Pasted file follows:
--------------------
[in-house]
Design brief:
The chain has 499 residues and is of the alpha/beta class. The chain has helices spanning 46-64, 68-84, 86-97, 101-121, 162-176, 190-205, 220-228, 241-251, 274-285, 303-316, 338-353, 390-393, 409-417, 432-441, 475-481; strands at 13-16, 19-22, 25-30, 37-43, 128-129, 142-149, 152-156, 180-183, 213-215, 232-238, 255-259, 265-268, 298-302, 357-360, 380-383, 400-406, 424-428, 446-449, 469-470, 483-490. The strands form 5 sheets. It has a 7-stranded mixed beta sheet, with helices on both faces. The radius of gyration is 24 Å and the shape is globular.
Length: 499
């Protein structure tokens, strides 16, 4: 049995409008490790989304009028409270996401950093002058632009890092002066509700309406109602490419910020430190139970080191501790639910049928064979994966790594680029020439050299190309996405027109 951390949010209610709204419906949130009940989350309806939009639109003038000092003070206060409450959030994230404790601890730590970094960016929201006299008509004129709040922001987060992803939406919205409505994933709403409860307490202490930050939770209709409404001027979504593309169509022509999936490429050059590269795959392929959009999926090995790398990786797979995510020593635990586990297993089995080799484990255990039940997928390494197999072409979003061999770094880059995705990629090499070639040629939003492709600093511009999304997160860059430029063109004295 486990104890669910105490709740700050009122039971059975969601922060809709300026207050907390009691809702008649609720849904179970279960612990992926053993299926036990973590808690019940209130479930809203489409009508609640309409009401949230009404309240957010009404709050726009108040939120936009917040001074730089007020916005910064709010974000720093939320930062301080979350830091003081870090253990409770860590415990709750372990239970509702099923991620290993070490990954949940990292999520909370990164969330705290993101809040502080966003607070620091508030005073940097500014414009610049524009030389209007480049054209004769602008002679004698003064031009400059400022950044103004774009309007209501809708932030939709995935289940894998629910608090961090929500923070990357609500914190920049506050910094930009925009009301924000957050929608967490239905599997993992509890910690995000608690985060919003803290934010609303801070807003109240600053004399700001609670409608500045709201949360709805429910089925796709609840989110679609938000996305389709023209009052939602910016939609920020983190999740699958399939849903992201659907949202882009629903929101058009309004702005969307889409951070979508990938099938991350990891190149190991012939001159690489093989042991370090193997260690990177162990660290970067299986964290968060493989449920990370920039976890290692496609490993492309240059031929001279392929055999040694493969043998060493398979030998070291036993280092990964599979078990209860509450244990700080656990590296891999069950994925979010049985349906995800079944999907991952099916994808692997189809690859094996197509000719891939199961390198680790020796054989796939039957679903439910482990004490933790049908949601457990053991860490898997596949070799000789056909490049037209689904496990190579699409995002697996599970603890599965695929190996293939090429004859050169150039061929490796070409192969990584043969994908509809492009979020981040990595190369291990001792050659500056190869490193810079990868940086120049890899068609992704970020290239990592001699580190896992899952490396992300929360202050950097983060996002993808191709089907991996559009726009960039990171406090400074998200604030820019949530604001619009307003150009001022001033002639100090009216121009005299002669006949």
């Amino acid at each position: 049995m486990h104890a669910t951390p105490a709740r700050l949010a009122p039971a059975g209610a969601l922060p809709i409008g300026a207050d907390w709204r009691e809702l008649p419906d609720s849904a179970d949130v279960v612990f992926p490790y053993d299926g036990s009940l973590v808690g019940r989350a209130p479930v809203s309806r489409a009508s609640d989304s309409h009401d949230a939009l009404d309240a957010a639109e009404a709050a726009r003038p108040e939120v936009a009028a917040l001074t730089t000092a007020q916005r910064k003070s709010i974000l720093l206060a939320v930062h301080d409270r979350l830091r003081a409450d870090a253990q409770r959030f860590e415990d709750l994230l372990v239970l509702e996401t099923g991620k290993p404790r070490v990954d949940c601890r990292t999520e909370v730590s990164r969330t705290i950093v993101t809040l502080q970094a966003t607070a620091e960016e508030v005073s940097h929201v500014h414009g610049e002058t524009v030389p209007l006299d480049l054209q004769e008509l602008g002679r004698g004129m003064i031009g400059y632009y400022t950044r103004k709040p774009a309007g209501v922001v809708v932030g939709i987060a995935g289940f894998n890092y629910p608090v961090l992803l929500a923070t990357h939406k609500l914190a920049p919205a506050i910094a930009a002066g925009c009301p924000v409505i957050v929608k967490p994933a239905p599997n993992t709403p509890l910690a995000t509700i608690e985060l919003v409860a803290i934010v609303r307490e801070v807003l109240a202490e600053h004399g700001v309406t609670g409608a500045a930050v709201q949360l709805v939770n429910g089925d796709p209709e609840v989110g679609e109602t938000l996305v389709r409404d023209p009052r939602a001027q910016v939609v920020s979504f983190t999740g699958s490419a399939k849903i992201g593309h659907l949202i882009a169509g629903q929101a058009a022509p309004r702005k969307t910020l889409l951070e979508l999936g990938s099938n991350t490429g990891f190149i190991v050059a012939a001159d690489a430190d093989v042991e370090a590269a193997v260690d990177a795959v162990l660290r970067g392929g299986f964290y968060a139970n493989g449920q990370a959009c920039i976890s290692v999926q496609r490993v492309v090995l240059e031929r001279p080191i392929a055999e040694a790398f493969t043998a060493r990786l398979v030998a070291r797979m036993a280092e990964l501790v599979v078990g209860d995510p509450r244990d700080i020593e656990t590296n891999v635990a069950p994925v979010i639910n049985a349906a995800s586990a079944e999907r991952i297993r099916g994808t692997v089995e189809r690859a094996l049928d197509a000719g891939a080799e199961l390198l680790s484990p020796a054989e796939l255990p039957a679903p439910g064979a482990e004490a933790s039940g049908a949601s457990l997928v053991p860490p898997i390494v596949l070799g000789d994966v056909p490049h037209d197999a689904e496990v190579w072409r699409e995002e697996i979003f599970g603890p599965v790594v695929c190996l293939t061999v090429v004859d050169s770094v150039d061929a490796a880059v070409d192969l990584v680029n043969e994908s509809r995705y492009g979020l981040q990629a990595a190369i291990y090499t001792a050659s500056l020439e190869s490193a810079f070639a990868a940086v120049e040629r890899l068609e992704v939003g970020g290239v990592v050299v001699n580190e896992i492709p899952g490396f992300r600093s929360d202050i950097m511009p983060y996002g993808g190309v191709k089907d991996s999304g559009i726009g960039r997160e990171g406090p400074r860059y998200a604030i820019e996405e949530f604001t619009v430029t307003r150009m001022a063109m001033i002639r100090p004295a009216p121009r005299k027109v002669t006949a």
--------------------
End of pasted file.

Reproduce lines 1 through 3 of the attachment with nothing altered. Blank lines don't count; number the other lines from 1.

[in-house]
Design brief:
The chain has 499 residues and is of the alpha/beta class. The chain has helices spanning 46-64, 68-84, 86-97, 101-121, 162-176, 190-205, 220-228, 241-251, 274-285, 303-316, 338-353, 390-393, 409-417, 432-441, 475-481; strands at 13-16, 19-22, 25-30, 37-43, 128-129, 142-149, 152-156, 180-183, 213-215, 232-238, 255-259, 265-268, 298-302, 357-360, 380-383, 400-406, 424-428, 446-449, 469-470, 483-490. The strands form 5 sheets. It has a 7-stranded mixed beta sheet, with helices on both faces. The radius of gyration is 24 Å and the shape is globular.